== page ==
Everything has changed this year with the London Marathon, an event not only terrifying in its distance (which I know I can do) but in its timing – April! This has truly forced me out of my comfort zone as I actually have to train properly through the Winter, increasing my weekly mileage throughout December, January and February. Believe me, getting around 26 miles is a big part of the sponsorship, but it is those three to six months before that you really earn the contributions and show your commitment.

Where once I used to smile inwardly at the ice cold January joggers, shuffling down the pavements in their shiny New Year’s resolution kit, as I drove past for another high energy class in my cosy warm gym, I am now the one hobbling down the high street in the fog, dodging the tidal waves as cars take turns to try and splash me with any available puddles. Yes, I am now a Winter runner.

rocky 4

To be fair there are some benefits of Winter running. When you get the right day, the sky can be even clearer than Summer, you have the roads to yourself, and the chills act as natural motivation to run faster and stave off hypothermia. But get the wrong day, or worse one which starts out looking alright and tricks you into running miles from home before unleashing a months worth of rain in half an hour… but back to the positives!

First up is the kit, which admit it or not, is always a massive draw for anyone who likes to work out in the cold dark evenings – and don’t the manufacturers know it. Layers of long sleeved, sweatproof, fast wicking tops just look cool, and the best ones even have those thumb holes in the sleeve so you can use them as a sort of weird glove thing. As a bonus they usually come in a range of 90’s dayglow colours which stand out in the dark, making you look like a high speed version of Ross’s teeth (for older readers think Cheshire cat)!

Ross Teeth

Then there are the leggings, a top look for any modern man, and one I rock hard, at nighttime anyway as they tend look a bit tight on my rugby player legs. Still, they keep you a lot warmer than shorts, as I have found to my cost in the past with bright red legs and icicle toes. I also usually run in my trail shoes at night, mainly to protect my precious road trainers from all that mud that accumulates on the local roads that you can’t see in the dark…

head torch

…or so I thought until I invested in an even ‘cooler’ piece of kit. That’s right I actually went and bought what used to be described as a miner’s lamp but is now cunningly re-branded as a runner’s head torch, ensuring my runs through the park now look to the casual observer like some sort of illegal teenage rave is going on, meaning it is only a matter of time before I get chased by the 5-0. Until they see my skintight leggings up close and let me go as the fall over laughing.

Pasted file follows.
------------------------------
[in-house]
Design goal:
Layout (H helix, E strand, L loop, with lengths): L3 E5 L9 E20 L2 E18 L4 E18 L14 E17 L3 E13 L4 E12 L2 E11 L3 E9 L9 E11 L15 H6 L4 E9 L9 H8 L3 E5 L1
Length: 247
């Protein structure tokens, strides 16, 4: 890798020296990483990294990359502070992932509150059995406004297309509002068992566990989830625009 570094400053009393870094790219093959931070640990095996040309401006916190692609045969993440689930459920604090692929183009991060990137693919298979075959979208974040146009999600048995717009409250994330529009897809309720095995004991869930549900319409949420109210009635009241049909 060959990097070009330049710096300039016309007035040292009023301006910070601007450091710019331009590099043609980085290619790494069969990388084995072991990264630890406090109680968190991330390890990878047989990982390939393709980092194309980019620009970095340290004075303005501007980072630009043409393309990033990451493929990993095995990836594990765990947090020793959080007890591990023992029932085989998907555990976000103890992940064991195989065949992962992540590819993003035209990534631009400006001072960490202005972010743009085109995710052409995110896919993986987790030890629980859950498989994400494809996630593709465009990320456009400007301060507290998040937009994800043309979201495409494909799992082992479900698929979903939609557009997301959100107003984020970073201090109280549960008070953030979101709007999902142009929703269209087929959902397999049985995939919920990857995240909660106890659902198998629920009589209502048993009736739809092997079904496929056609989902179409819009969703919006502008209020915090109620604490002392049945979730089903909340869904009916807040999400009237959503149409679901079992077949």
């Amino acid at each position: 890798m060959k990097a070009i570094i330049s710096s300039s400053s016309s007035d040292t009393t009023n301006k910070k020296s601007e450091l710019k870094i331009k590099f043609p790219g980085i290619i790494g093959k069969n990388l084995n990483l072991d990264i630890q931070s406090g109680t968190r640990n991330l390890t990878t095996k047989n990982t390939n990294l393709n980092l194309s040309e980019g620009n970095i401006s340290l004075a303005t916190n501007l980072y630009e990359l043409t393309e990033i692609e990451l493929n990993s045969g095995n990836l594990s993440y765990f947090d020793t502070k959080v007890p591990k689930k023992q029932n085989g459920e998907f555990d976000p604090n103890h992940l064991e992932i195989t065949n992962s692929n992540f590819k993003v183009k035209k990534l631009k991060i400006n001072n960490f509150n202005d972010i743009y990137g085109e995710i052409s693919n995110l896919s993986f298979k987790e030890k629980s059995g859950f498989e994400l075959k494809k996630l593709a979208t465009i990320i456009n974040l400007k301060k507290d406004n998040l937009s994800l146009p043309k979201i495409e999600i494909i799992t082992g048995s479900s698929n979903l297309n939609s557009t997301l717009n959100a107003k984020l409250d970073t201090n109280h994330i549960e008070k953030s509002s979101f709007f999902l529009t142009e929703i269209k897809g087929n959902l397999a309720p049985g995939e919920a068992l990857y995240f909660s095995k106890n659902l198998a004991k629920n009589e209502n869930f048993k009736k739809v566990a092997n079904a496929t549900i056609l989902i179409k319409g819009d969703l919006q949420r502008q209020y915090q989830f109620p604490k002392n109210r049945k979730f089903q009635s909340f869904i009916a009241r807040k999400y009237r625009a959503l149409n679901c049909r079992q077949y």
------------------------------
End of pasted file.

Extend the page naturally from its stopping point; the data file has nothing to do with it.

Crawley Run

But as usual it will be me who has the last laugh , as I can really tell the difference this year having done all this extra Winter training in the last few months. Not only will it make sure I am ready for London but give me a head start on any other events I do later on in the year: maybe even a new PB. Who needs Summer?!

2020 Vision

Having spending the last few posts looking back over recent years, it is time to look forward to what is going to be happening in the Chile Challenge world in 2020.

2020

Kicking off the year will be the Solihull Half Marathon, aka a way of making sure all that winter training has done enough to get me at least halfway around the capital. This is a new event for me, but in a good location that is pretty personal for me, right by where I got married. Although relatively small, it looks like it has all the things I look for in a race like chip timing, water stations and of course the promise of a goody bag!

Solihull

At this time of year there is a bit more limited choice of events at the right distance, but this one is right in the sweet spot, three weeks before my main race. Whilst I am not actually following a formal training plan, mainly because a 9 month old baby makes it near impossible to stick to any kind of schedule that tells you when to run, I have done enough big events by not to know how and when to build up my distance to (hopefully) peak at the right time, so this half will be a good test of how much I have learned.

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Then it is the biggie: London Baby! I will be writing plenty more about my thoughts on this one as it gets closer (68 days to go at time of writing) but for now it is hard to put into words how excited I am just to get a place in this, one of the world’s most famous races. After numerous of  failed attempts to gain a ballot place over the years (about 25 applicants for each place, and  have the losers t-shirts to prove it) I am so proud to be running for Bowel Cancer this year, a cause very close to my heart, and one I have a long history with going back to the start of this blog in 2014.